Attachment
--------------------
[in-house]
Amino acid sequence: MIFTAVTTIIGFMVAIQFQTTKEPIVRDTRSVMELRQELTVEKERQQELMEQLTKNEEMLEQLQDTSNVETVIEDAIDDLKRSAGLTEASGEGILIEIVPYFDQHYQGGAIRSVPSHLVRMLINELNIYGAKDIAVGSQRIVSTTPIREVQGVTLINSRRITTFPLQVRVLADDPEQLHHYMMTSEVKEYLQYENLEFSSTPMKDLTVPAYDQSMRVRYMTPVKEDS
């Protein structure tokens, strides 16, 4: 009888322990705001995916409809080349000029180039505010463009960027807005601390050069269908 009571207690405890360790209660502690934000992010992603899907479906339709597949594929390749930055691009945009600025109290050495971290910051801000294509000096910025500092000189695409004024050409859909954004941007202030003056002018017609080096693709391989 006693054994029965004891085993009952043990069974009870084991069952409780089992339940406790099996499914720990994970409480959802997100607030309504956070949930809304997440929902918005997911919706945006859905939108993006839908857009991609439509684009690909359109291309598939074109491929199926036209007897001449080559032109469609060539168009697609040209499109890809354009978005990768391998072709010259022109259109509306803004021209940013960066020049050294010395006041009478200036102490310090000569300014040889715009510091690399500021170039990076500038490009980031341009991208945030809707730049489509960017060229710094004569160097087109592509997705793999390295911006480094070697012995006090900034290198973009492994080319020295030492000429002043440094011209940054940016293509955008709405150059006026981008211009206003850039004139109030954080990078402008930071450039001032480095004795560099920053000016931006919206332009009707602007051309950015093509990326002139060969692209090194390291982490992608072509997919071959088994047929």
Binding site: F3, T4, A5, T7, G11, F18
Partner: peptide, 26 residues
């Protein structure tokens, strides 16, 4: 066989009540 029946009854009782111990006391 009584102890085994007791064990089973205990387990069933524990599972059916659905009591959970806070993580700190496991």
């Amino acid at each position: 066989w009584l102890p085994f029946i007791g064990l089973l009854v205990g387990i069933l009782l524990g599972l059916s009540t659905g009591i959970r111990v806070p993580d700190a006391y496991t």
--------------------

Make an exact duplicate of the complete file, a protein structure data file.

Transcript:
[in-house]
Amino acid sequence: MIFTAVTTIIGFMVAIQFQTTKEPIVRDTRSVMELRQELTVEKERQQELMEQLTKNEEMLEQLQDTSNVETVIEDAIDDLKRSAGLTEASGEGILIEIVPYFDQHYQGGAIRSVPSHLVRMLINELNIYGAKDIAVGSQRIVSTTPIREVQGVTLINSRRITTFPLQVRVLADDPEQLHHYMMTSEVKEYLQYENLEFSSTPMKDLTVPAYDQSMRVRYMTPVKEDS
């Protein structure tokens, strides 16, 4: 009888322990705001995916409809080349000029180039505010463009960027807005601390050069269908 009571207690405890360790209660502690934000992010992603899907479906339709597949594929390749930055691009945009600025109290050495971290910051801000294509000096910025500092000189695409004024050409859909954004941007202030003056002018017609080096693709391989 006693054994029965004891085993009952043990069974009870084991069952409780089992339940406790099996499914720990994970409480959802997100607030309504956070949930809304997440929902918005997911919706945006859905939108993006839908857009991609439509684009690909359109291309598939074109491929199926036209007897001449080559032109469609060539168009697609040209499109890809354009978005990768391998072709010259022109259109509306803004021209940013960066020049050294010395006041009478200036102490310090000569300014040889715009510091690399500021170039990076500038490009980031341009991208945030809707730049489509960017060229710094004569160097087109592509997705793999390295911006480094070697012995006090900034290198973009492994080319020295030492000429002043440094011209940054940016293509955008709405150059006026981008211009206003850039004139109030954080990078402008930071450039001032480095004795560099920053000016931006919206332009009707602007051309950015093509990326002139060969692209090194390291982490992608072509997919071959088994047929």
Binding site: F3, T4, A5, T7, G11, F18
Partner: peptide, 26 residues
């Protein structure tokens, strides 16, 4: 066989009540 029946009854009782111990006391 009584102890085994007791064990089973205990387990069933524990599972059916659905009591959970806070993580700190496991």
């Amino acid at each position: 066989w009584l102890p085994f029946i007791g064990l089973l009854v205990g387990i069933l009782l524990g599972l059916s009540t659905g009591i959970r111990v806070p993580d700190a006391y496991t």